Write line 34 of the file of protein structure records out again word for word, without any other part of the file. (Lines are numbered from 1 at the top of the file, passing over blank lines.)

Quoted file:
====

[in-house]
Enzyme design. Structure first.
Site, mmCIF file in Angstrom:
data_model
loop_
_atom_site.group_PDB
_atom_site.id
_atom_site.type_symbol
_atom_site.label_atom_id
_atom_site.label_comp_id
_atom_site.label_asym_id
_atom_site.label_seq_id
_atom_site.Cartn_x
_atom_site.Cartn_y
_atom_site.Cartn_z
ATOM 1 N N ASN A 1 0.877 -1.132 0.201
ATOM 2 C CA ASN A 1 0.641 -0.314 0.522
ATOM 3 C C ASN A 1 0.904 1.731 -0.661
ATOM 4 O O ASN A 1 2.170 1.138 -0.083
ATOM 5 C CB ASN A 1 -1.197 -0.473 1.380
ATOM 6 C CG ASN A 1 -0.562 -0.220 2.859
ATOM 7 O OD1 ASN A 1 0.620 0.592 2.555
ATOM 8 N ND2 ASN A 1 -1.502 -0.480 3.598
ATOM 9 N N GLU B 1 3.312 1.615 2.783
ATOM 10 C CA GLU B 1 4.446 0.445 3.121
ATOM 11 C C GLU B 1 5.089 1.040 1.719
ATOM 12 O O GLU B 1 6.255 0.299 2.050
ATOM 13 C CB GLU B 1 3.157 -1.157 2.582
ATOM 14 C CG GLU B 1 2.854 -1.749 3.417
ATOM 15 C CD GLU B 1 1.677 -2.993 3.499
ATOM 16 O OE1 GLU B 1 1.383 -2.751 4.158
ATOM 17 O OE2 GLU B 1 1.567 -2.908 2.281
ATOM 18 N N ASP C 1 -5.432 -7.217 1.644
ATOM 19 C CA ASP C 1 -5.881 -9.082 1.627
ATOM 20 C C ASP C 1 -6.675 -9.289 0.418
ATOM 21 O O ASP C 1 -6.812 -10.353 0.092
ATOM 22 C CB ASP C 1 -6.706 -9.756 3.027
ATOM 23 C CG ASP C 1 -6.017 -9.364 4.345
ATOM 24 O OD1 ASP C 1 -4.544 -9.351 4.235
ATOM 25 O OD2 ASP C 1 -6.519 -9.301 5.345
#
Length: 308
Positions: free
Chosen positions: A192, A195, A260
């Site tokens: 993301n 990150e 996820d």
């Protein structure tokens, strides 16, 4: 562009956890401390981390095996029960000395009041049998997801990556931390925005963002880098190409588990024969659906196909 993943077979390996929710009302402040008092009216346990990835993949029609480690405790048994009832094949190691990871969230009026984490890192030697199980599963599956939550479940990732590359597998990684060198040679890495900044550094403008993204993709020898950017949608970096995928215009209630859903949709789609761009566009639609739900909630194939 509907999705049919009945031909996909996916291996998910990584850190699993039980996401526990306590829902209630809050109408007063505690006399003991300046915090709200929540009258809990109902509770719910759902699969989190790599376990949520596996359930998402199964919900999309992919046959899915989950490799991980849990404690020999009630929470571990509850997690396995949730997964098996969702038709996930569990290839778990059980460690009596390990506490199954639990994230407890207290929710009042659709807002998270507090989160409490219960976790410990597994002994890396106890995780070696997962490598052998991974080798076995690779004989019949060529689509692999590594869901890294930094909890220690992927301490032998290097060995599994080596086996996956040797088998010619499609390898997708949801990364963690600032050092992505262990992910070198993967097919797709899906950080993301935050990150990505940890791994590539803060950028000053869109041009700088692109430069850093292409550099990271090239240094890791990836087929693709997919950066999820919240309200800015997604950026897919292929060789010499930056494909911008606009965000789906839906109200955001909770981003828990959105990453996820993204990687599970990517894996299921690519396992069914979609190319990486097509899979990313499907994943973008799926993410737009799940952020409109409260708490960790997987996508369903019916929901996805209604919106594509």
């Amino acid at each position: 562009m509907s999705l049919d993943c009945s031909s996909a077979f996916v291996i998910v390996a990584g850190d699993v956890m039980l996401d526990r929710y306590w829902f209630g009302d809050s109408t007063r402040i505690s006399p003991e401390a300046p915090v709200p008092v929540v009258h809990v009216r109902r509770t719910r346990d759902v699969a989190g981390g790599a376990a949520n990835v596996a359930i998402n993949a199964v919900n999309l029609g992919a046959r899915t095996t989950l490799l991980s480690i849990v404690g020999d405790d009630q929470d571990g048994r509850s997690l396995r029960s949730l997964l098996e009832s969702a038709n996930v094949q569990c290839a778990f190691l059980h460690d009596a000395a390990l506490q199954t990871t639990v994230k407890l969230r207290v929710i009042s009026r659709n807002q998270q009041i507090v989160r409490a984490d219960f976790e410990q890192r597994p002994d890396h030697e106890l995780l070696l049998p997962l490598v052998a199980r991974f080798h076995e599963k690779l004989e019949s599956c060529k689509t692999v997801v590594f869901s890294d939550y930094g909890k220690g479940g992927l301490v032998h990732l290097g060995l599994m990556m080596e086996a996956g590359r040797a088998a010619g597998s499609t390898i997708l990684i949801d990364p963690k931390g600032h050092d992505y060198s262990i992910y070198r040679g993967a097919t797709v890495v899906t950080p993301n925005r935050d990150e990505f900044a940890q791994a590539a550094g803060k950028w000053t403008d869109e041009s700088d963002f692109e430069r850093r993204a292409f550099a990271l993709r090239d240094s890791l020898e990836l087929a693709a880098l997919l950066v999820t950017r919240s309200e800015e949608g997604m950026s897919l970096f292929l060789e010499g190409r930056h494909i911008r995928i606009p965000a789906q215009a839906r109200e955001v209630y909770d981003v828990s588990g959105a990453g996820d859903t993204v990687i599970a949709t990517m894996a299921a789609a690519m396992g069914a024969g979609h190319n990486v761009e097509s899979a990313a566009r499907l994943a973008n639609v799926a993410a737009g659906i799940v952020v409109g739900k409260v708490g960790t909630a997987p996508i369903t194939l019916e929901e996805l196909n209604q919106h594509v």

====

ATOM 19 C CA ASP C 1 -5.881 -9.082 1.627